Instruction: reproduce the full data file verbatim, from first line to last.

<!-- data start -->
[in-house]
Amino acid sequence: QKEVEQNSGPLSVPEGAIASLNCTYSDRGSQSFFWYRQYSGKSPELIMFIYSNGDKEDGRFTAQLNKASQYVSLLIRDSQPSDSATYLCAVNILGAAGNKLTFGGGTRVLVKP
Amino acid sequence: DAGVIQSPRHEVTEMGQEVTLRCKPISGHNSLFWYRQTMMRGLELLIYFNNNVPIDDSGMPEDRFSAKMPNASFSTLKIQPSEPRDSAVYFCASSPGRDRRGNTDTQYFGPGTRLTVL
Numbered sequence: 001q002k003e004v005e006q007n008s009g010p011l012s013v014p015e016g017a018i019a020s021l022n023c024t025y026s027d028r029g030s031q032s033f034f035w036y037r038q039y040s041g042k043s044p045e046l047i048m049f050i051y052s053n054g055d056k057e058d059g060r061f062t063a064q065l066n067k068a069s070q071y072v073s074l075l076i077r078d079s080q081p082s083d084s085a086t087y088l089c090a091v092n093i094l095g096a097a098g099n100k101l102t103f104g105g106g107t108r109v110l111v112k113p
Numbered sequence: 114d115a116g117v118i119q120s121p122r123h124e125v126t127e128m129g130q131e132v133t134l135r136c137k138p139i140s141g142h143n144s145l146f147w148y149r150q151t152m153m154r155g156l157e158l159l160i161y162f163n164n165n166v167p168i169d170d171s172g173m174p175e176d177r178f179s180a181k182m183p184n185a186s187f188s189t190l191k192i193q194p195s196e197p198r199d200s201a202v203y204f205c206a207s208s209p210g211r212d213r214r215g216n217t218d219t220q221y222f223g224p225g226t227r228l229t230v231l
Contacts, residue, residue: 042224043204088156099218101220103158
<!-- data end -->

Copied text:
[in-house]
Amino acid sequence: QKEVEQNSGPLSVPEGAIASLNCTYSDRGSQSFFWYRQYSGKSPELIMFIYSNGDKEDGRFTAQLNKASQYVSLLIRDSQPSDSATYLCAVNILGAAGNKLTFGGGTRVLVKP
Amino acid sequence: DAGVIQSPRHEVTEMGQEVTLRCKPISGHNSLFWYRQTMMRGLELLIYFNNNVPIDDSGMPEDRFSAKMPNASFSTLKIQPSEPRDSAVYFCASSPGRDRRGNTDTQYFGPGTRLTVL
Numbered sequence: 001q002k003e004v005e006q007n008s009g010p011l012s013v014p015e016g017a018i019a020s021l022n023c024t025y026s027d028r029g030s031q032s033f034f035w036y037r038q039y040s041g042k043s044p045e046l047i048m049f050i051y052s053n054g055d056k057e058d059g060r061f062t063a064q065l066n067k068a069s070q071y072v073s074l075l076i077r078d079s080q081p082s083d084s085a086t087y088l089c090a091v092n093i094l095g096a097a098g099n100k101l102t103f104g105g106g107t108r109v110l111v112k113p
Numbered sequence: 114d115a116g117v118i119q120s121p122r123h124e125v126t127e128m129g130q131e132v133t134l135r136c137k138p139i140s141g142h143n144s145l146f147w148y149r150q151t152m153m154r155g156l157e158l159l160i161y162f163n164n165n166v167p168i169d170d171s172g173m174p175e176d177r178f179s180a181k182m183p184n185a186s187f188s189t190l191k192i193q194p195s196e197p198r199d200s201a202v203y204f205c206a207s208s209p210g211r212d213r214r215g216n217t218d219t220q221y222f223g224p225g226t227r228l229t230v231l
Contacts, residue, residue: 042224043204088156099218101220103158